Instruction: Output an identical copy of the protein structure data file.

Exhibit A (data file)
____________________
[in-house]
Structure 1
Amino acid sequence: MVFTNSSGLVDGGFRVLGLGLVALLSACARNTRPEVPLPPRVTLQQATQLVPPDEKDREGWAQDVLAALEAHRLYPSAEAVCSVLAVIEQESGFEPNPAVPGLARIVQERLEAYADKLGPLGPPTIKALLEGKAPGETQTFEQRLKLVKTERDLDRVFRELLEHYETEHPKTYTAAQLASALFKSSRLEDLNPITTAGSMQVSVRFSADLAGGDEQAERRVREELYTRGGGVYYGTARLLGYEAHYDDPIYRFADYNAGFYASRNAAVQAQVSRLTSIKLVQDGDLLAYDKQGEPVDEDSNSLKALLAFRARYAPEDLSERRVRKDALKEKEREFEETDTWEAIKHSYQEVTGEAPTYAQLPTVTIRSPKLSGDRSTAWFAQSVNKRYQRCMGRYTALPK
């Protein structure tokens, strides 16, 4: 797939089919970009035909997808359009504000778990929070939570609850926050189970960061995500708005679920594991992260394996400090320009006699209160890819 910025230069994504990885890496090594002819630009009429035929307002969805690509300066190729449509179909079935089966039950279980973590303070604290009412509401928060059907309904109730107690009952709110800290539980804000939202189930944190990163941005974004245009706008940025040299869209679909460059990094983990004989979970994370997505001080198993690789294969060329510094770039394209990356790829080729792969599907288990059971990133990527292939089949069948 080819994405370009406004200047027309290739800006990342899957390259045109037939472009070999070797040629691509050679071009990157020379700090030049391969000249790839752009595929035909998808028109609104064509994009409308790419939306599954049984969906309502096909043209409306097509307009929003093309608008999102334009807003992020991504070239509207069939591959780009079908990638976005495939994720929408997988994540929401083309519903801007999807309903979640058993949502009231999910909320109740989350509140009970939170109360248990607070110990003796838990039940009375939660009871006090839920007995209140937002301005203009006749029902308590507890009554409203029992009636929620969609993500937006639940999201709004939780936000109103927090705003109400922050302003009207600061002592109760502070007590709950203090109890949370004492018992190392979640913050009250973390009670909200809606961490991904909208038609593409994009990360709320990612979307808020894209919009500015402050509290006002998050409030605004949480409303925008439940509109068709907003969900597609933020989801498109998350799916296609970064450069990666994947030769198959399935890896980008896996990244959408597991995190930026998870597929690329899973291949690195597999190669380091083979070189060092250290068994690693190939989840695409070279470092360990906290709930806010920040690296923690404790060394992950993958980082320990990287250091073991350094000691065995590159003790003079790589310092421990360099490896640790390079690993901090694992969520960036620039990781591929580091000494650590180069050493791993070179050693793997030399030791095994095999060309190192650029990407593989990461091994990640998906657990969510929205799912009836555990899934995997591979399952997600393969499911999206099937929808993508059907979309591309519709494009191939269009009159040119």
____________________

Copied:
[in-house]
Structure 1
Amino acid sequence: MVFTNSSGLVDGGFRVLGLGLVALLSACARNTRPEVPLPPRVTLQQATQLVPPDEKDREGWAQDVLAALEAHRLYPSAEAVCSVLAVIEQESGFEPNPAVPGLARIVQERLEAYADKLGPLGPPTIKALLEGKAPGETQTFEQRLKLVKTERDLDRVFRELLEHYETEHPKTYTAAQLASALFKSSRLEDLNPITTAGSMQVSVRFSADLAGGDEQAERRVREELYTRGGGVYYGTARLLGYEAHYDDPIYRFADYNAGFYASRNAAVQAQVSRLTSIKLVQDGDLLAYDKQGEPVDEDSNSLKALLAFRARYAPEDLSERRVRKDALKEKEREFEETDTWEAIKHSYQEVTGEAPTYAQLPTVTIRSPKLSGDRSTAWFAQSVNKRYQRCMGRYTALPK
């Protein structure tokens, strides 16, 4: 797939089919970009035909997808359009504000778990929070939570609850926050189970960061995500708005679920594991992260394996400090320009006699209160890819 910025230069994504990885890496090594002819630009009429035929307002969805690509300066190729449509179909079935089966039950279980973590303070604290009412509401928060059907309904109730107690009952709110800290539980804000939202189930944190990163941005974004245009706008940025040299869209679909460059990094983990004989979970994370997505001080198993690789294969060329510094770039394209990356790829080729792969599907288990059971990133990527292939089949069948 080819994405370009406004200047027309290739800006990342899957390259045109037939472009070999070797040629691509050679071009990157020379700090030049391969000249790839752009595929035909998808028109609104064509994009409308790419939306599954049984969906309502096909043209409306097509307009929003093309608008999102334009807003992020991504070239509207069939591959780009079908990638976005495939994720929408997988994540929401083309519903801007999807309903979640058993949502009231999910909320109740989350509140009970939170109360248990607070110990003796838990039940009375939660009871006090839920007995209140937002301005203009006749029902308590507890009554409203029992009636929620969609993500937006639940999201709004939780936000109103927090705003109400922050302003009207600061002592109760502070007590709950203090109890949370004492018992190392979640913050009250973390009670909200809606961490991904909208038609593409994009990360709320990612979307808020894209919009500015402050509290006002998050409030605004949480409303925008439940509109068709907003969900597609933020989801498109998350799916296609970064450069990666994947030769198959399935890896980008896996990244959408597991995190930026998870597929690329899973291949690195597999190669380091083979070189060092250290068994690693190939989840695409070279470092360990906290709930806010920040690296923690404790060394992950993958980082320990990287250091073991350094000691065995590159003790003079790589310092421990360099490896640790390079690993901090694992969520960036620039990781591929580091000494650590180069050493791993070179050693793997030399030791095994095999060309190192650029990407593989990461091994990640998906657990969510929205799912009836555990899934995997591979399952997600393969499911999206099937929808993508059907979309591309519709494009191939269009009159040119």